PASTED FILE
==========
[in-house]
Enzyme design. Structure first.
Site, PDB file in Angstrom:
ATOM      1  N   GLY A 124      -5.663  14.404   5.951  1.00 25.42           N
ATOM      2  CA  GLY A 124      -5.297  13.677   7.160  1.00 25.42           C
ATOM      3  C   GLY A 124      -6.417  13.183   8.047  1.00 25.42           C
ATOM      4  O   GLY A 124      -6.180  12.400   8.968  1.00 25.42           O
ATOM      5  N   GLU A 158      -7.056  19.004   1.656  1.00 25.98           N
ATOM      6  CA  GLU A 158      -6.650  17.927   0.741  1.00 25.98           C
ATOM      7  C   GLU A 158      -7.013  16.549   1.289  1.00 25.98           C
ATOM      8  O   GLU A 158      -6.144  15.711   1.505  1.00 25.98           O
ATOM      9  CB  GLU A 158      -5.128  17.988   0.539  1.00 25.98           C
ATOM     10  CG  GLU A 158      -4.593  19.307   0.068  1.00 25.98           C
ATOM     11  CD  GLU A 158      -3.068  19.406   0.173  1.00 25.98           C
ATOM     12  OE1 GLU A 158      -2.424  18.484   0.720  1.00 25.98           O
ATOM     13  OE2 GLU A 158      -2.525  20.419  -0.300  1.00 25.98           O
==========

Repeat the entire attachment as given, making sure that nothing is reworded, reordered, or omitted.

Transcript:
[in-house]
Enzyme design. Structure first.
Site, PDB file in Angstrom:
ATOM      1  N   GLY A 124      -5.663  14.404   5.951  1.00 25.42           N
ATOM      2  CA  GLY A 124      -5.297  13.677   7.160  1.00 25.42           C
ATOM      3  C   GLY A 124      -6.417  13.183   8.047  1.00 25.42           C
ATOM      4  O   GLY A 124      -6.180  12.400   8.968  1.00 25.42           O
ATOM      5  N   GLU A 158      -7.056  19.004   1.656  1.00 25.98           N
ATOM      6  CA  GLU A 158      -6.650  17.927   0.741  1.00 25.98           C
ATOM      7  C   GLU A 158      -7.013  16.549   1.289  1.00 25.98           C
ATOM      8  O   GLU A 158      -6.144  15.711   1.505  1.00 25.98           O
ATOM      9  CB  GLU A 158      -5.128  17.988   0.539  1.00 25.98           C
ATOM     10  CG  GLU A 158      -4.593  19.307   0.068  1.00 25.98           C
ATOM     11  CD  GLU A 158      -3.068  19.406   0.173  1.00 25.98           C
ATOM     12  OE1 GLU A 158      -2.424  18.484   0.720  1.00 25.98           O
ATOM     13  OE2 GLU A 158      -2.525  20.419  -0.300  1.00 25.98           O